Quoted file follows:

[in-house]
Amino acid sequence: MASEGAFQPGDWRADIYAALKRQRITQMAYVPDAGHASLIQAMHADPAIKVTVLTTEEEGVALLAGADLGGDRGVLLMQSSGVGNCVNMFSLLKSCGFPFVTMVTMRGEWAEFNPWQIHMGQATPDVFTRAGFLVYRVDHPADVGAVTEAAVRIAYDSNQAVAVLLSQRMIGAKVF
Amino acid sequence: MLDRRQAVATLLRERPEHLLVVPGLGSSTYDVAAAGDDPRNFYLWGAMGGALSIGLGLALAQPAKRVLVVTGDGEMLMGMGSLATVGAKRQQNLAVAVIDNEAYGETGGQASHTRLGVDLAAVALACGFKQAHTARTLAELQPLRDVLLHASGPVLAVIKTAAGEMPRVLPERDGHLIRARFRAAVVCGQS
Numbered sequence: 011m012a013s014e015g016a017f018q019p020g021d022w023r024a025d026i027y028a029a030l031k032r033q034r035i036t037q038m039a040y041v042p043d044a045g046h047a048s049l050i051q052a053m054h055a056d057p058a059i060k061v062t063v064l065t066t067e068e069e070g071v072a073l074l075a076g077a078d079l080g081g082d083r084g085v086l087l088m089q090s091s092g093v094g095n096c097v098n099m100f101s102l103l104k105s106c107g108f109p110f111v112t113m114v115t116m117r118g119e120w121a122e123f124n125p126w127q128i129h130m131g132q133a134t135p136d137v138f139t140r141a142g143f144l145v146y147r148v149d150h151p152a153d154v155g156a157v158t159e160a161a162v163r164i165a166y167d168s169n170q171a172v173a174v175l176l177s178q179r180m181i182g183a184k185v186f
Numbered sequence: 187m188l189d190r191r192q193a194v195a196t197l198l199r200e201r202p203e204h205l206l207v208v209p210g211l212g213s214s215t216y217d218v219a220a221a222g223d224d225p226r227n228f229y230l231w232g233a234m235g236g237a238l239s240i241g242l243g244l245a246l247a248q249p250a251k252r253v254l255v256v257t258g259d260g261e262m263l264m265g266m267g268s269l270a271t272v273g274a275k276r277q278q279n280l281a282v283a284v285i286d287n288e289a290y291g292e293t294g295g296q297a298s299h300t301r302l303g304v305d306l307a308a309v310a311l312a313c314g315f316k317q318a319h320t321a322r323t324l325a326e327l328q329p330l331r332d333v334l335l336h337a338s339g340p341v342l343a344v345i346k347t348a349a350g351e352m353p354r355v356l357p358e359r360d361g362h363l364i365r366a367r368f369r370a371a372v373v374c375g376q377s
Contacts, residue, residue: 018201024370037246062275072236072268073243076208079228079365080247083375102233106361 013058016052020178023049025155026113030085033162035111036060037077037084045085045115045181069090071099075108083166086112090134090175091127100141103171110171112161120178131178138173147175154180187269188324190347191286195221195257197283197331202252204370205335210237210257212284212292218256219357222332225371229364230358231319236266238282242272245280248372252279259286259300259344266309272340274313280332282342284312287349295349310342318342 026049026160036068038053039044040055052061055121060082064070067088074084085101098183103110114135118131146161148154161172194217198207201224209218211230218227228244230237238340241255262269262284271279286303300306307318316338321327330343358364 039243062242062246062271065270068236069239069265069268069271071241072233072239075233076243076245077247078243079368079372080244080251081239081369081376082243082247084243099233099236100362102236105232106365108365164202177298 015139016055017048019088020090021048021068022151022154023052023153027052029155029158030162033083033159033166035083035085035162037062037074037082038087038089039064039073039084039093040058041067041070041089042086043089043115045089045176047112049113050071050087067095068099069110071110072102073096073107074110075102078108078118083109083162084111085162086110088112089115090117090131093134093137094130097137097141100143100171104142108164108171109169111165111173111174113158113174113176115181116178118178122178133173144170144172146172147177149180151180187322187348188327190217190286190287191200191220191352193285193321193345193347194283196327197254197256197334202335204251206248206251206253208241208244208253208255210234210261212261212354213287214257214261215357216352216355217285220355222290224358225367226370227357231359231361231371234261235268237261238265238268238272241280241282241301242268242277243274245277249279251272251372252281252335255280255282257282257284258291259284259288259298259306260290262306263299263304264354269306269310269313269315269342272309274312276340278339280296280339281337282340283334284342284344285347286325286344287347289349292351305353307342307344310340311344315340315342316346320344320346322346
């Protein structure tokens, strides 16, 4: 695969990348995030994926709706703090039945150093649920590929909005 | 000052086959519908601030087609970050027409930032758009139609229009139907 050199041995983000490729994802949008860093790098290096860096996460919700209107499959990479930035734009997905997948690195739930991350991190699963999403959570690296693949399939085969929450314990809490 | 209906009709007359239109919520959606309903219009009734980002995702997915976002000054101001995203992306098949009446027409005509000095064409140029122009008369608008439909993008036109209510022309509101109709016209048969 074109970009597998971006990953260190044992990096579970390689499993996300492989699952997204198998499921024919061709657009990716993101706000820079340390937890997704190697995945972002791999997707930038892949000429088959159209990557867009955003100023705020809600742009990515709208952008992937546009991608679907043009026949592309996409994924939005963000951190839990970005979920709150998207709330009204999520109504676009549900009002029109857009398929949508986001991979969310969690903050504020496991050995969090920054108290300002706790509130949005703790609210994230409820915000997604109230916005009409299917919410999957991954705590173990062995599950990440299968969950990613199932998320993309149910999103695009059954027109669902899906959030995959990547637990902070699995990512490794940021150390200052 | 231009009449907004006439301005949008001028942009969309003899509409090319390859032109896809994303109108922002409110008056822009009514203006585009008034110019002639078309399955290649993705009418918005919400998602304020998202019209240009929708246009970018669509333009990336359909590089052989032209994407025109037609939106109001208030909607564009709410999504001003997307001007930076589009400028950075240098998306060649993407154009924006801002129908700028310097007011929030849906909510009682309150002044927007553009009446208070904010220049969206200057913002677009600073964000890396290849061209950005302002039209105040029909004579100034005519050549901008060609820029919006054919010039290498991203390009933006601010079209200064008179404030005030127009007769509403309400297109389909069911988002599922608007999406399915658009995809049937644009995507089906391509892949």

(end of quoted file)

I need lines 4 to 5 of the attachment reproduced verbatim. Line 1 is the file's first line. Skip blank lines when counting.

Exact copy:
Numbered sequence: 011m012a013s014e015g016a017f018q019p020g021d022w023r024a025d026i027y028a029a030l031k032r033q034r035i036t037q038m039a040y041v042p043d044a045g046h047a048s049l050i051q052a053m054h055a056d057p058a059i060k061v062t063v064l065t066t067e068e069e070g071v072a073l074l075a076g077a078d079l080g081g082d083r084g085v086l087l088m089q090s091s092g093v094g095n096c097v098n099m100f101s102l103l104k105s106c107g108f109p110f111v112t113m114v115t116m117r118g119e120w121a122e123f124n125p126w127q128i129h130m131g132q133a134t135p136d137v138f139t140r141a142g143f144l145v146y147r148v149d150h151p152a153d154v155g156a157v158t159e160a161a162v163r164i165a166y167d168s169n170q171a172v173a174v175l176l177s178q179r180m181i182g183a184k185v186f
Numbered sequence: 187m188l189d190r191r192q193a194v195a196t197l198l199r200e201r202p203e204h205l206l207v208v209p210g211l212g213s214s215t216y217d218v219a220a221a222g223d224d225p226r227n228f229y230l231w232g233a234m235g236g237a238l239s240i241g242l243g244l245a246l247a248q249p250a251k252r253v254l255v256v257t258g259d260g261e262m263l264m265g266m267g268s269l270a271t272v273g274a275k276r277q278q279n280l281a282v283a284v285i286d287n288e289a290y291g292e293t294g295g296q297a298s299h300t301r302l303g304v305d306l307a308a309v310a311l312a313c314g315f316k317q318a319h320t321a322r323t324l325a326e327l328q329p330l331r332d333v334l335l336h337a338s339g340p341v342l343a344v345i346k347t348a349a350g351e352m353p354r355v356l357p358e359r360d361g362h363l364i365r366a367r368f369r370a371a372v373v374c375g376q377s